Irenaeus's Defense of the Old Testament as Part of the Canon of Scripture
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SubjectMarcion, of Sinope, active 2nd century
Irenaeus, Saint, Bishop of Lyon
Bible--Criticism, interpretation, etc.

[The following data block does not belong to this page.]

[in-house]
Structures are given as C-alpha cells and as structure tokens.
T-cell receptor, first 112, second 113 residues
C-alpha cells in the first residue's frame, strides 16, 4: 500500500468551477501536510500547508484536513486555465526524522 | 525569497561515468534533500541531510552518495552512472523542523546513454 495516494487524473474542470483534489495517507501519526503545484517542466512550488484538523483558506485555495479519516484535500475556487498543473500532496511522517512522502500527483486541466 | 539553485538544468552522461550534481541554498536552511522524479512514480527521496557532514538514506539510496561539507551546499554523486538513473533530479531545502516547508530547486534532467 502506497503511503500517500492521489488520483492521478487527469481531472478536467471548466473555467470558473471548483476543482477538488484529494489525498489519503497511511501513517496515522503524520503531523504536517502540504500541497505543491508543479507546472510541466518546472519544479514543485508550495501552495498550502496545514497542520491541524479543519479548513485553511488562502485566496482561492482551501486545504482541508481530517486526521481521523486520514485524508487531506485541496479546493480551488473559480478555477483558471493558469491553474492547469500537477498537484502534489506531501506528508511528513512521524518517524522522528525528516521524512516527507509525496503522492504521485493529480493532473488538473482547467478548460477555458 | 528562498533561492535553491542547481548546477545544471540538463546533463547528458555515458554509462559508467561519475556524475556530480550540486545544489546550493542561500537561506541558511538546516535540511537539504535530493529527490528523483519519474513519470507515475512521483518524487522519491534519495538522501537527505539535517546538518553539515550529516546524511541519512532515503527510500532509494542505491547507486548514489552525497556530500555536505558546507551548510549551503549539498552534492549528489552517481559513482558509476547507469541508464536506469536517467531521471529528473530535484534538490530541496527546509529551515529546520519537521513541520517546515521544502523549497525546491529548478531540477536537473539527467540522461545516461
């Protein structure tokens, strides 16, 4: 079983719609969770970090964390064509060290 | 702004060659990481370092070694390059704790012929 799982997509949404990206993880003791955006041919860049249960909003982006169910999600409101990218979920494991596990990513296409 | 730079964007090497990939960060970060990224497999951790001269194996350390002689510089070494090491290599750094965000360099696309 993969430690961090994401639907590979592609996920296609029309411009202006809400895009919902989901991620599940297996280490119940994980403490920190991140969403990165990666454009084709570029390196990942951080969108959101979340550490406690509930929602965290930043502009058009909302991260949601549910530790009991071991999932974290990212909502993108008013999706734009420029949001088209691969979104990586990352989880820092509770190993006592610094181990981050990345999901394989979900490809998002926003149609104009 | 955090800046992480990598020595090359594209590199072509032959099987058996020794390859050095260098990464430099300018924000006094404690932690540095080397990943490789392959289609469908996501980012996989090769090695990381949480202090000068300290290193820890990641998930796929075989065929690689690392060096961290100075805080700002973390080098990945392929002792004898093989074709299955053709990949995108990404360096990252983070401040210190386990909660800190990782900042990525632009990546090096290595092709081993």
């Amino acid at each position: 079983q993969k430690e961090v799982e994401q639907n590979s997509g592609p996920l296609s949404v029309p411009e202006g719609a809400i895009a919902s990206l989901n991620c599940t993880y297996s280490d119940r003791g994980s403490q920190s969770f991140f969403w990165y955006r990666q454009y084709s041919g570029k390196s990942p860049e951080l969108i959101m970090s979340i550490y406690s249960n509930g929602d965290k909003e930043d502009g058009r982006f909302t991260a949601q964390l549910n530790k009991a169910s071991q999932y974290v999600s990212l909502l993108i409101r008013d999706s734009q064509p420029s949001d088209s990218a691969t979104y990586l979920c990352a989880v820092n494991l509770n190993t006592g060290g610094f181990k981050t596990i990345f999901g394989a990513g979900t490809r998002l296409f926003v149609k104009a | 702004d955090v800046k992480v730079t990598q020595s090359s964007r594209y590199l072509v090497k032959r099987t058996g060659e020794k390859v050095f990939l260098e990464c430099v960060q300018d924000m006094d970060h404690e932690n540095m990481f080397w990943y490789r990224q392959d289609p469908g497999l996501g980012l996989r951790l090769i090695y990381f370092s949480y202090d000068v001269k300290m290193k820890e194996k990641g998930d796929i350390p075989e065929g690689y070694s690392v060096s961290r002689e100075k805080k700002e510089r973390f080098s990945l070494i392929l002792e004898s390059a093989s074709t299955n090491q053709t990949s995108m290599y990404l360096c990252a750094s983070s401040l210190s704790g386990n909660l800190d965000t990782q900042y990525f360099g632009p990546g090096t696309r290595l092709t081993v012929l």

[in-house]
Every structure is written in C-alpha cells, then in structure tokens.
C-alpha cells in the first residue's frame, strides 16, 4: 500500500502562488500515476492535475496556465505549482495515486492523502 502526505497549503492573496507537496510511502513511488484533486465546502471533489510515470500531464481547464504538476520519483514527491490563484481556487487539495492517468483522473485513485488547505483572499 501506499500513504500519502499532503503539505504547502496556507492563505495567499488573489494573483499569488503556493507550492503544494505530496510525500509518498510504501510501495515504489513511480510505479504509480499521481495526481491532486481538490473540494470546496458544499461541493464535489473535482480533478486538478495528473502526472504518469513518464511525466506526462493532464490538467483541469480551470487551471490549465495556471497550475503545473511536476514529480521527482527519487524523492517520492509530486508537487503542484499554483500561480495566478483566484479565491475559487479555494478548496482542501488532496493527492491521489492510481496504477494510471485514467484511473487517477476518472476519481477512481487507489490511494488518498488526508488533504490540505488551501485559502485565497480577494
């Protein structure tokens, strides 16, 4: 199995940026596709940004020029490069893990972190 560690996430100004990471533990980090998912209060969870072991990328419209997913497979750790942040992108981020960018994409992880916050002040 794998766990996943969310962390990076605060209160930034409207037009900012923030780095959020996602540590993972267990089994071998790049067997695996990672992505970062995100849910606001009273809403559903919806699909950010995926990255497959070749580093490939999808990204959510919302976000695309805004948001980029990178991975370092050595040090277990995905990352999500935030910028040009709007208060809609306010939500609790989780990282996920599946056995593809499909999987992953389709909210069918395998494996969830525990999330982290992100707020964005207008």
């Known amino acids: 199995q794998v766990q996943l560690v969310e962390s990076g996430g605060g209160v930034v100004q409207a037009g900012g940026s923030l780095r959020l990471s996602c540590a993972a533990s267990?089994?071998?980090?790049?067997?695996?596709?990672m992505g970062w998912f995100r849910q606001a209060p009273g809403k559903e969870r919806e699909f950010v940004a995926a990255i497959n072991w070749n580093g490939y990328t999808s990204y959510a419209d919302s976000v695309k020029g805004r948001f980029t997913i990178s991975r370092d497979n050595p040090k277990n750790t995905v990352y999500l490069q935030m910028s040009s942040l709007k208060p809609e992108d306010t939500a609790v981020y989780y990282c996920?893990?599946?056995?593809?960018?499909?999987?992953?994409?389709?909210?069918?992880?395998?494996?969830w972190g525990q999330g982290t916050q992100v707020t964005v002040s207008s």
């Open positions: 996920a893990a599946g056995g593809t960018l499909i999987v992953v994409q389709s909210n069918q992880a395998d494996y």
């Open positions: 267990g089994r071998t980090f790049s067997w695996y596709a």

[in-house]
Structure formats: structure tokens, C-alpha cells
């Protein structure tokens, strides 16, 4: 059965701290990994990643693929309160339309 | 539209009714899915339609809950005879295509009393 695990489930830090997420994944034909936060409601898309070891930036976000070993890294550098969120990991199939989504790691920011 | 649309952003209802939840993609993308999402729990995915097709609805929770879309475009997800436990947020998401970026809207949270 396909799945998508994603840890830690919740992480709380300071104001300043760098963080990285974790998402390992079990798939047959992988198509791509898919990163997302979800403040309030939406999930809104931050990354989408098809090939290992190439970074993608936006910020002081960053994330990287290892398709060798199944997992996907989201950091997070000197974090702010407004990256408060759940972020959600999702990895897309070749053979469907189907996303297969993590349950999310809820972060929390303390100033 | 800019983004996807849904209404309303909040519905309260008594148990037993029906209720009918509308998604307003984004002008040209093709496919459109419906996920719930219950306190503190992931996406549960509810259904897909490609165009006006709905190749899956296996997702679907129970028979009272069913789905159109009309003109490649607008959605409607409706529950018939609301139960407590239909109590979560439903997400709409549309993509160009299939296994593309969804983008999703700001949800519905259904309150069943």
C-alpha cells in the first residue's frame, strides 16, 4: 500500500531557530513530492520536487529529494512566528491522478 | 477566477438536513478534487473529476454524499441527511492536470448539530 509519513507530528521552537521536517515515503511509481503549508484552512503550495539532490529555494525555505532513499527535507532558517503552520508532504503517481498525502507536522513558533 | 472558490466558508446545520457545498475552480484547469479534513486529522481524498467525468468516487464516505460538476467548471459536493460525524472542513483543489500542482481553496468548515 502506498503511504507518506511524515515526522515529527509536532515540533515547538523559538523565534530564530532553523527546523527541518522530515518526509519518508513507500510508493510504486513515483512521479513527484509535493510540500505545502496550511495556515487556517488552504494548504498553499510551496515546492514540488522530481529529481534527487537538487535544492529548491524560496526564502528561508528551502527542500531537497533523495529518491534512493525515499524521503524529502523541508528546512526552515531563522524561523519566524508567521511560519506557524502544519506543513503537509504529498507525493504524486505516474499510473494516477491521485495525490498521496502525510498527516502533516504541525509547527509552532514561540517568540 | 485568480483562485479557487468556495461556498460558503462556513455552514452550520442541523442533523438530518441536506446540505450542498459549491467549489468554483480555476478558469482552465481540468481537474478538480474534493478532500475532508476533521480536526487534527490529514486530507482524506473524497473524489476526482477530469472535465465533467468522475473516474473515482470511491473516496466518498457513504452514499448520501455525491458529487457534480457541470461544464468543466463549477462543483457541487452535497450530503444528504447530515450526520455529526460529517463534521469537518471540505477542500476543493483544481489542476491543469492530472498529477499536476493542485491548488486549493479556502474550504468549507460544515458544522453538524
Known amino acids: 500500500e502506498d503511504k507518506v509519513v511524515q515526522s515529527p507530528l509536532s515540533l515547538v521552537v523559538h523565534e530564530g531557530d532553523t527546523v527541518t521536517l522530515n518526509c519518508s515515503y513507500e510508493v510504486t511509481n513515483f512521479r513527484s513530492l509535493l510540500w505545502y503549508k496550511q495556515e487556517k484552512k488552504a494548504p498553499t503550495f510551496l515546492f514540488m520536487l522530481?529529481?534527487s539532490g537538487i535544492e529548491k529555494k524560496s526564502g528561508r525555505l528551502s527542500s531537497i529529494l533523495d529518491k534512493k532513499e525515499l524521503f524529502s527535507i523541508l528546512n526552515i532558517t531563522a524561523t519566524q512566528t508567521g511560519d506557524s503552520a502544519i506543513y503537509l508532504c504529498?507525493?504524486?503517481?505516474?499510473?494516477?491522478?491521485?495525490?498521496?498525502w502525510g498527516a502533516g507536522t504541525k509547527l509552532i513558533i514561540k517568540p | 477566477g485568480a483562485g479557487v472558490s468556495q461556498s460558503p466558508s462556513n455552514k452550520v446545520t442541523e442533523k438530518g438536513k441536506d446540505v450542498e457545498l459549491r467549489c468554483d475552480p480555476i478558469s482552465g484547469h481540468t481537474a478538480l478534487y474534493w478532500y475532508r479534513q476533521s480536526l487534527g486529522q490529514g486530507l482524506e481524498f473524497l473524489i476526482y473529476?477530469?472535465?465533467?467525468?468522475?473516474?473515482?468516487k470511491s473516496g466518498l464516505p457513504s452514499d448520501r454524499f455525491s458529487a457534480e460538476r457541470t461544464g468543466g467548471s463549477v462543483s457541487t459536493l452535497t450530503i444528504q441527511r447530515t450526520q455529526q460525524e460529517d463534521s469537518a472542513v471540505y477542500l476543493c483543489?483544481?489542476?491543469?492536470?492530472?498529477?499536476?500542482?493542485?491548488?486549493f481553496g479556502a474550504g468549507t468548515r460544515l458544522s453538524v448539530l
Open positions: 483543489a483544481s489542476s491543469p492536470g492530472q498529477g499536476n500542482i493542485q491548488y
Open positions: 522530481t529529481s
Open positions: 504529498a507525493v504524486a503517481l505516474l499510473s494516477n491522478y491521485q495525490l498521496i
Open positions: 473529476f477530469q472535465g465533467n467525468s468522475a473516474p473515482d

During the second century, emerging Christianity had to wrestle with its understanding of the Jewishness of both Jesus of Nazareth and the Old Testament Scriptures. Two voices emerged within the Church as it wrestled with this issue: Marcion of Sinope, and Irenaeus of Lyons. Marcion rejected the Church’s use of the Old Testament and propagated a theology which radically reinterpreted both the Old Testament and the New Testament as being existentially opposed to one another as his justification for urging the Church to abandon all use of the Old Testament. By contrast, Irenaeus of Lyons, a student of the Apostle John’s disciple Polycarp, defended the emerging Catholic Church’s use of the Old Testament and its placement within the Christian Canon itself. This thesis examines Irenaeus’s defense of the Old Testament as part of the New Testament canon through the lens of his rebuttal of Marcion’s teachings. First, an examination of Marcion of Sinope’s life and his teachings that became Marcionite Christianity will inform the reader concerning what he proposed as the basis of Christian faith in opposition to the emerging Catholic Church. Second, this thesis will examine the life of Irenaeus of Lyons. Irenaeus’s biographical temporal, geographical, and relational contexts are examined to explain why he was the prime authority to defend Catholic Christianity at large against Marcion’s heresy. It will then proceed to look at his surviving writings, and the nature of Irenaeus’s interpretive thought process which informed his understanding of Scripture. Third, this thesis examines Irenaeus’s defense of the Old Testament itself through his appeal to eyewitness testimony dating from Jesus of Nazareth himself, through the apostles, then his apostolic mentor, and finally, as preserved himself in his references back to this authority. Additionally, his defense is examined in light of its refutation of Marcionite Christianity’s key accusations against the Old Testament that are used to justify their rejection of the Old Testament. Finally, this thesis concludes with a demonstration of why Irenaeus’s Old Testament defense is still vital in the present day by assessing examples from both the twentieth and twenty-first centuries.